What Kind of References Do Employers Want?

Good or bad, employers want the truth.

Good or bad, employers want the truth.

Getting a new job is sort of like joining the mob -- you can't get in unless someone vouches for you. Employers want to speak with references who will give them the inside scoop on your job performance; discussion topics might range from how quickly you respond to emails, to whether you've ever been caught sampling other people's lunches. Don't waste your time prepping your ex-bosses to give you a perfect review -- above all, employers want references that are honest and real.

Professional

Employers typically want references related specifically to your past employment, although exceptions might be made for newbie college grads or folks returning to the workforce after a long hiatus. You should provide references who can give details about your attitude, working style, problem-solving abilities, strong suits, areas of improvement and how well you work with others. Only your direct supervisor can provide such detailed information. HR officials can only confirm your dates of employment, and although former professors, mentors and other professional contacts might be able to speak about your personality and work ethic, employers need to speak with references who have observed your job performance on a regular basis.

Personal

Your potential boss might be wary of taking words on paper at face value, since written recommendations are likely to focus on your best qualities and leave out the grittier details. She will want to speak to your references over the phone to hear the level of enthusiasm -- or apprehension -- in their voice when your name is mentioned. Your future employer isn’t only listening to what your references say; she’s also listening for tone, pauses, indirect statements and the hidden meanings behind their words. For example, you could turn in a glowing reference letter that says, “Jenny was a dedicated, reliable employee who worked well with others.” However, when asked directly, “Would you say Jenny was frequently late?” and your old boss says, “Ummm, I wouldn’t say frequently...,” now your potential employer has a more realistic view of your performance.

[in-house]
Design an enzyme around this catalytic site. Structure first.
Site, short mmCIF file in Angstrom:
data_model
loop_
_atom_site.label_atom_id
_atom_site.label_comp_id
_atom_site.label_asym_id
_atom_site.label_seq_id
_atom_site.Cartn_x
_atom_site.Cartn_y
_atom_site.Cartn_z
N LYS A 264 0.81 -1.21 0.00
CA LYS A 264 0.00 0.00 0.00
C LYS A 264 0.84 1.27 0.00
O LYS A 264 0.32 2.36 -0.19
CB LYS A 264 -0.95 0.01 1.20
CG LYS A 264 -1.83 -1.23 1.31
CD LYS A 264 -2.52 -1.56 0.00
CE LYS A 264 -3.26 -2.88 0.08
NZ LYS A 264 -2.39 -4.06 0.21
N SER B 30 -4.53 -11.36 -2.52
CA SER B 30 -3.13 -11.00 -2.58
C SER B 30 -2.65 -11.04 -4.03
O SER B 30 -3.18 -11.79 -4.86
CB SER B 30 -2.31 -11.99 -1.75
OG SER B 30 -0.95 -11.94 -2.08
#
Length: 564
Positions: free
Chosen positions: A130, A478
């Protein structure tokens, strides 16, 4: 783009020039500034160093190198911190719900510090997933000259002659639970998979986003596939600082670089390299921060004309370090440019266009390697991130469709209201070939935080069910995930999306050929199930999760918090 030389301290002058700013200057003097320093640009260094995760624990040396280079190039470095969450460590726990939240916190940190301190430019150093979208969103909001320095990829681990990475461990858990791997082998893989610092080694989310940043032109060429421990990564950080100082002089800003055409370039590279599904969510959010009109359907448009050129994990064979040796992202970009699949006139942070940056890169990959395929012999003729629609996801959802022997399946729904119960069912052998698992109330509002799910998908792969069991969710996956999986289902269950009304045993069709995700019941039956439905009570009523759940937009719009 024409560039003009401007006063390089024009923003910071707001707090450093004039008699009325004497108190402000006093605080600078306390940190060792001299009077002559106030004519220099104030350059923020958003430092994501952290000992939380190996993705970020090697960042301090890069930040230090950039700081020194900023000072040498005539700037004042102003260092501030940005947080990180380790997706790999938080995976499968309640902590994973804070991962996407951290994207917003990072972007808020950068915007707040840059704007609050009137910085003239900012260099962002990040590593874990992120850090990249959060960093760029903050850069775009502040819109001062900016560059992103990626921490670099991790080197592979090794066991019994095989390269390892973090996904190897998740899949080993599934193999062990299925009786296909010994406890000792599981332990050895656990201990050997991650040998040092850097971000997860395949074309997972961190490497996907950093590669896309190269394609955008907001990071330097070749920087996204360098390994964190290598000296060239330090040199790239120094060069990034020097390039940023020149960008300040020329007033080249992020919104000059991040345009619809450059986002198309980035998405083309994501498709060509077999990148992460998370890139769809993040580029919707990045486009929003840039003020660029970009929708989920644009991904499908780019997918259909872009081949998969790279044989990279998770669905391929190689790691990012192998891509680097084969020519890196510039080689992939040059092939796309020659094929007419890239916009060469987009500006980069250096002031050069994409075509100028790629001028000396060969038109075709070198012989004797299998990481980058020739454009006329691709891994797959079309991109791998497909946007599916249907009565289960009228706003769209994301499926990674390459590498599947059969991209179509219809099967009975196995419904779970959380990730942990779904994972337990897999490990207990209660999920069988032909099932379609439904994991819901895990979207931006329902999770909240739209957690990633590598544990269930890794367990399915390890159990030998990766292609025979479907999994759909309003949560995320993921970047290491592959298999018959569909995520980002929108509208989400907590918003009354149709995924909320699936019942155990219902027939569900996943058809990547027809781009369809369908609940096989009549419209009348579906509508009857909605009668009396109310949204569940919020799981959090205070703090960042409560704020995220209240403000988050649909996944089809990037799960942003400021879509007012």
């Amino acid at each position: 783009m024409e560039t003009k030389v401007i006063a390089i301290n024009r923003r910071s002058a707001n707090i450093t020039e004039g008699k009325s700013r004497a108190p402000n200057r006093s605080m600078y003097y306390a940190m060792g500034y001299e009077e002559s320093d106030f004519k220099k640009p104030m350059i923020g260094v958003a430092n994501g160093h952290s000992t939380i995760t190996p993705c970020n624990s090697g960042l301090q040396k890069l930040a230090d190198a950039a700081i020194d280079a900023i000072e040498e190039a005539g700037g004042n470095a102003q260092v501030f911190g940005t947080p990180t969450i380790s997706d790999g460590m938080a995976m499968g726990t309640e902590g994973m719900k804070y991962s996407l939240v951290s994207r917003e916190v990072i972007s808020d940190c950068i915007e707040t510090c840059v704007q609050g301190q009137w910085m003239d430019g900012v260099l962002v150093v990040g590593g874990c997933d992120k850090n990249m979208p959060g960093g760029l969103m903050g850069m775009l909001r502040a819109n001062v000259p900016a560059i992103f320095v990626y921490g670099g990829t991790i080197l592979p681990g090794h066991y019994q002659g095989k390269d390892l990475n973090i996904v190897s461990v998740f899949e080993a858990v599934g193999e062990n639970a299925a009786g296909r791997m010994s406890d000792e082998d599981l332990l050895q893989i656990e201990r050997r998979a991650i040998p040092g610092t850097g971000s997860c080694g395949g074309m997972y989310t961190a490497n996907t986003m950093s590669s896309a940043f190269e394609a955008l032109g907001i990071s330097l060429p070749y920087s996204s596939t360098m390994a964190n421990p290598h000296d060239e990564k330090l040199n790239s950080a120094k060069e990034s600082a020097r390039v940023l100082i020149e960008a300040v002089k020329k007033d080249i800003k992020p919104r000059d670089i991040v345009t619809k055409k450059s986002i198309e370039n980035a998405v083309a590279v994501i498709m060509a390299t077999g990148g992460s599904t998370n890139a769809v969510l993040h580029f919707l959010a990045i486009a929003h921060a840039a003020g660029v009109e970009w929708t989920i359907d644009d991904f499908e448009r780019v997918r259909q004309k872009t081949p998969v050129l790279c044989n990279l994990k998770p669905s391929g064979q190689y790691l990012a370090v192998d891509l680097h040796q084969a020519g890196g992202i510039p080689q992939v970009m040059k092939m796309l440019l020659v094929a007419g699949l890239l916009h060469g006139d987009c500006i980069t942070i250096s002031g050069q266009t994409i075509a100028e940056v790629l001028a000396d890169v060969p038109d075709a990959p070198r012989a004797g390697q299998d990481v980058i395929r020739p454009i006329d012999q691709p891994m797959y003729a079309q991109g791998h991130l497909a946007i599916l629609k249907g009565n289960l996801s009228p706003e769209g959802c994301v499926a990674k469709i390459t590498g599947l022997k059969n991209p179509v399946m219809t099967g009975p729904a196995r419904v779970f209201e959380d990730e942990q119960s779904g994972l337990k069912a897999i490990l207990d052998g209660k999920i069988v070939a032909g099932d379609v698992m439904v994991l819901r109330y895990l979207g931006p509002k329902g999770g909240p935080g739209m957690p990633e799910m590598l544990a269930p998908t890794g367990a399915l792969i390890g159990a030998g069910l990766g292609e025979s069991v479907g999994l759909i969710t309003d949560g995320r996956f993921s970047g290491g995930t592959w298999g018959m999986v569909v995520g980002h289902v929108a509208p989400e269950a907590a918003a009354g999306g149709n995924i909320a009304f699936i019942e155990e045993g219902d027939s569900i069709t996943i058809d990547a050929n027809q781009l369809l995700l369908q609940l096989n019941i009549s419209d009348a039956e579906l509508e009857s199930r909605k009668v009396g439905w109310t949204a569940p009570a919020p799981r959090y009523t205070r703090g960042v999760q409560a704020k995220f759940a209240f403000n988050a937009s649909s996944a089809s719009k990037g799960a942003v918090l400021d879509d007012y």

Accessible

Employers want references that are accessible. Wrong numbers and dead extensions are instant career turnoffs. Double-check your files to make sure you’re giving out the right contact info, and call your references beforehand so they’ll know to expect -- and answer -- the call.

Detailed

Employers want more than “yes” or “no” answers from your references. A full conversation is necessary to gain a feel for what it would be like to work with you. Ask your references to take the time to give full, detailed answers to each question.

 

About the Author

Oubria Tronshaw specializes in topics related to parenting and business. She received a Bachelor of Arts in creative writing from the Santa Fe University of Art and Design, and a Master of Fine Arts in creative writing from Chicago State University. She currently teaches English at Harper Community College in the Chicago area.

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